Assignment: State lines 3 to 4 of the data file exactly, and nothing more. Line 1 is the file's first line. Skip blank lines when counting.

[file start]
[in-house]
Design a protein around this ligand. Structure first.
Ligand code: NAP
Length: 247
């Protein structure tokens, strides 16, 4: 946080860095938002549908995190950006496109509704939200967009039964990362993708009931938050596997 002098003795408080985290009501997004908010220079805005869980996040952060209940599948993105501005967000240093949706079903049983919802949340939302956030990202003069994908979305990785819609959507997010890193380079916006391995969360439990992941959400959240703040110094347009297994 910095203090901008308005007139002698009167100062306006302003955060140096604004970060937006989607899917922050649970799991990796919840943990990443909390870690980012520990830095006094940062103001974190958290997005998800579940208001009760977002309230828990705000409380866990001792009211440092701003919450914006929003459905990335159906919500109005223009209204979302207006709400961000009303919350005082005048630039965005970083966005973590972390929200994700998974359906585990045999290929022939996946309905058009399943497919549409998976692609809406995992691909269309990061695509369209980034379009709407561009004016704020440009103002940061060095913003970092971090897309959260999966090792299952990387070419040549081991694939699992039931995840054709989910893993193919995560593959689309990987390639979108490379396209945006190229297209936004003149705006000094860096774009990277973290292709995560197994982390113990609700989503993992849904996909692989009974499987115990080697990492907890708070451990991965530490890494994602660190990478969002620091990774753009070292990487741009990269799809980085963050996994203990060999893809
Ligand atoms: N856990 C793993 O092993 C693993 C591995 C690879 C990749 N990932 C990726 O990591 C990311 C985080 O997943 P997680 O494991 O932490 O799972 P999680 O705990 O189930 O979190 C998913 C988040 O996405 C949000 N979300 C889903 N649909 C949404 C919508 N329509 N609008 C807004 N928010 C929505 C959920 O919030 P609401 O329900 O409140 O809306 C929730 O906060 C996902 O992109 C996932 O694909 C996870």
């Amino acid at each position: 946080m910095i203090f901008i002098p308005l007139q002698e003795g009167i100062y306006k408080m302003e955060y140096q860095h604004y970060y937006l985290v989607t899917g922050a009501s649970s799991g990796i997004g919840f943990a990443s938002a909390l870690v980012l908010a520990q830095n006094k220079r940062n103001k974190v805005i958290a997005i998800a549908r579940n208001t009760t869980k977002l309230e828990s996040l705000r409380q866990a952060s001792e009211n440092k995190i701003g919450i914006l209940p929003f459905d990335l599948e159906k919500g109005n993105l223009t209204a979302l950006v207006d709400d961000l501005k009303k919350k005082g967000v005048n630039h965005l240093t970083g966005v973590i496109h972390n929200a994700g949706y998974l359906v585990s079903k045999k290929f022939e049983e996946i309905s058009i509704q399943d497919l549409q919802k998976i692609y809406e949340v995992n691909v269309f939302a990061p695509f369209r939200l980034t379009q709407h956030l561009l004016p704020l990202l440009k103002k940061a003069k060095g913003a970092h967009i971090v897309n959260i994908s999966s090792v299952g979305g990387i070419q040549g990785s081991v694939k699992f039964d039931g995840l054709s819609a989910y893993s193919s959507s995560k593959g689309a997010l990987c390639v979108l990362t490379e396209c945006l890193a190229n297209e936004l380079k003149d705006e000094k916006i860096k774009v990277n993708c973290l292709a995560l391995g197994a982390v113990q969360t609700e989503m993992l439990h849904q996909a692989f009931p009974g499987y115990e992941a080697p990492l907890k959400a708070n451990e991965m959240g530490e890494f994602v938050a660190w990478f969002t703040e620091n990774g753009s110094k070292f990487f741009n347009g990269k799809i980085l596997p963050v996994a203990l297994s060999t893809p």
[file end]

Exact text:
Ligand code: NAP
Length: 247